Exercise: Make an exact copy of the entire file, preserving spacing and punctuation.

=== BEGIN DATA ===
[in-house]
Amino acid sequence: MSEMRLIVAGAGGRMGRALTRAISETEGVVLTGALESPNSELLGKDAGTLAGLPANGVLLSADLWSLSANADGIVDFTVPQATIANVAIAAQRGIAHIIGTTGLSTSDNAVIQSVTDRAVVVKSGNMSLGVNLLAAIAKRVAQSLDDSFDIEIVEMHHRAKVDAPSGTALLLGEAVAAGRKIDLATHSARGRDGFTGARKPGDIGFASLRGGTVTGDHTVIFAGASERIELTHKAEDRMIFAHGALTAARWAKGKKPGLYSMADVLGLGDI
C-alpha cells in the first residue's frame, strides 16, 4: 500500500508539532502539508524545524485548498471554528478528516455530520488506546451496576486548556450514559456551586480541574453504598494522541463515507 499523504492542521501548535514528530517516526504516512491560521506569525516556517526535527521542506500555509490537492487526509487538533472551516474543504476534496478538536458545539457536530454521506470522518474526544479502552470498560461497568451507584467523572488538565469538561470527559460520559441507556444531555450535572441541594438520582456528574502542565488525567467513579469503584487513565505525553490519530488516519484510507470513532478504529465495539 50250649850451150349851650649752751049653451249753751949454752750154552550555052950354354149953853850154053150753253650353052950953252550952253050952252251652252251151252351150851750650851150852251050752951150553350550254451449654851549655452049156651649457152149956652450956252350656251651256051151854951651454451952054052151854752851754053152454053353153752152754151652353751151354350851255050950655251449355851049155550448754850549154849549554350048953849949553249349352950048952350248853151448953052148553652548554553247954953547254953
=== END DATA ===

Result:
[in-house]
Amino acid sequence: MSEMRLIVAGAGGRMGRALTRAISETEGVVLTGALESPNSELLGKDAGTLAGLPANGVLLSADLWSLSANADGIVDFTVPQATIANVAIAAQRGIAHIIGTTGLSTSDNAVIQSVTDRAVVVKSGNMSLGVNLLAAIAKRVAQSLDDSFDIEIVEMHHRAKVDAPSGTALLLGEAVAAGRKIDLATHSARGRDGFTGARKPGDIGFASLRGGTVTGDHTVIFAGASERIELTHKAEDRMIFAHGALTAARWAKGKKPGLYSMADVLGLGDI
C-alpha cells in the first residue's frame, strides 16, 4: 500500500508539532502539508524545524485548498471554528478528516455530520488506546451496576486548556450514559456551586480541574453504598494522541463515507 499523504492542521501548535514528530517516526504516512491560521506569525516556517526535527521542506500555509490537492487526509487538533472551516474543504476534496478538536458545539457536530454521506470522518474526544479502552470498560461497568451507584467523572488538565469538561470527559460520559441507556444531555450535572441541594438520582456528574502542565488525567467513579469503584487513565505525553490519530488516519484510507470513532478504529465495539 50250649850451150349851650649752751049653451249753751949454752750154552550555052950354354149953853850154053150753253650353052950953252550952253050952252251652252251151252351150851750650851150852251050752951150553350550254451449654851549655452049156651649457152149956652450956252350656251651256051151854951651454451952054052151854752851754053152454053353153752152754151652353751151354350851255050950655251449355851049155550448754850549154849549554350048953849949553249349352950048952350248853151448953052148553652548554553247954953547254953